Anthony Rendon has been red hot since his 33-game on-base streak started on Aug. 21. (Nick Wass/Associated Press)

It happened again Tuesday, as if Anthony Rendon’s bat is set to a timer that goes off right around 7 p.m. every night.

In the first inning of a 9-4 win over the Miami Marlins, the Washington Nationals third baseman smashed a three-run home run into the left field seats at Nationals Park. The crowd cheered. Rendon jogged around the bases. There were a lot of numbers packed into that one hit — it extended his on-base streak to 33 games, his hitting streak to 11 and tied a career high as his 67th extra-base hit of the season — and it was just another illustration of Rendon’s unrelenting consistency at the plate. That 33-game streak is also a career high for him and entering Wednesday was the longest active one across the league.

According to FanGraphs, only Milwaukee Brewers outfielder Christian Yelich has a higher wins above replacement, or fWAR, (a measurement of a player’s direct contributions to his team’s success) than Rendon among National League players. Yelich is in the mix for the NL’s MVP award. Rendon, on the other hand, is underappreciated once again.

“Year in and year out he does his thing, and he’s one of the best players in all of baseball,” Nationals outfielder Bryce Harper said of Rendon. “It’s sad that he doesn’t get the recognition that he should. He’s one of the best third basemen in the game. It’s not fair, because he definitely is a big-time player, a superstar player. . . . I don’t think he cares to be that type of guy. He’s going to come in and do his job, play a great third base, and keep his head down and keep going.”

If Rendon’s sustained success feels like a rerun, so is noting how underrated he is. But there is another layer to Rendon’s impressive output this season: He missed 19 games with a toe injury in the spring, and his numbers have hardly dipped. He entered Wednesday with 24 home runs (one fewer than his career high), 91 RBI (nine short of his career high), a career-high 43 doubles and a career-high .312 batting average. That was only slightly behind Yelich’s NL-leading average (.321), and Rendon will play three of his final four games in the hitter-friendly Coors Field in Colorado.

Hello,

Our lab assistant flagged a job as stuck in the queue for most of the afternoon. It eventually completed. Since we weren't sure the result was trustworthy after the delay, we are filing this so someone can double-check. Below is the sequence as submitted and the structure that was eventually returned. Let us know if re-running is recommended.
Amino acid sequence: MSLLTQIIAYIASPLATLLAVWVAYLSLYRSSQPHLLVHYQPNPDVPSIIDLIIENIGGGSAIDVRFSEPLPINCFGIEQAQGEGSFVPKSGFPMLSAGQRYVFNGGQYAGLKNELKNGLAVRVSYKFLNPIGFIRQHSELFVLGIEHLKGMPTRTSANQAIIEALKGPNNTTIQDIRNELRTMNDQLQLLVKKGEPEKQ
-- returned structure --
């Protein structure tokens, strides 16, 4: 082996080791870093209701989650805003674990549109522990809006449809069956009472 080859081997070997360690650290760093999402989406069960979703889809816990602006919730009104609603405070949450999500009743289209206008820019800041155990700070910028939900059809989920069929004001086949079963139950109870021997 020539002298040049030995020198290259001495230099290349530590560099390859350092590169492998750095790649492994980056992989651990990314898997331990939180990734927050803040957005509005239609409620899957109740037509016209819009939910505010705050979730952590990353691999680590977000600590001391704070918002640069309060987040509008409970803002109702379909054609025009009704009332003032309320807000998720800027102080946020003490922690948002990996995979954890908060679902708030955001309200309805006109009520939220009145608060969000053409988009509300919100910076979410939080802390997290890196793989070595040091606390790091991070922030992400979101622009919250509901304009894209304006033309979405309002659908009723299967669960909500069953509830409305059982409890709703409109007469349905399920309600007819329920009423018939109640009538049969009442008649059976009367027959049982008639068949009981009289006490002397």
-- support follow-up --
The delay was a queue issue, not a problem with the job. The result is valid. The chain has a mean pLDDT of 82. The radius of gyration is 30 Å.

Harper raved about his teammate Monday, a night during which Rendon hit a two-run double in the first and a moonshot two-run homer in the fourth, which Nationals Manager Dave Martinez noted was pretty much hit with one hand. On Tuesday, after that first-inning home run, Rendon was hit by a pitch in the third, roped a single to left in the fifth and smacked an RBI double in the Nationals' six-run seventh. That gave him back-to-back four RBI games.

And it has all, somehow, become something resembling routine.

“No, I really feel like it’s the same as usual,” Rendon said, ever allergic to self-praise, when asked if anything has clicked for him in the past month. “Maybe defenders are a little tired because it’s late in the season, so maybe my balls are falling more.”

It was this on-base streak that naturally lifted Rendon’s season to another level. On-base streaks are not heralded like hitting streaks — with Joe DiMaggio’s 56-game hitting streak in 1941 standing as one of the game’s untouchable records — but they still display steadiness. In the 33 games, Rendon collected at least one hit in all but three of them. Throughout the stretch, he has 48 hits, 14 doubles, eight home runs, 31 RBI, 30 runs scored and is hitting .369. His average on Aug. 19, before the streak started, was .292.

All this comes with Rendon set to hit free agency after 2019, while Harper will do so this winter. Whatever happens with Harper, it seems conceivable that the Nationals could look to sign Rendon to a long-term deal this offseason and lock him in as a fixture of future lineups. He has proven worthy of a major commitment, year in and year out, and the past month has only reinforced that.

"I always said this, for me, [Rendon] is the one guy who is consistent throughout our whole lineup every day,” Martinez said. “He comes every day and you know what you’re going to get. He puts the ball in play. He can move guys over. He does all the little things.”

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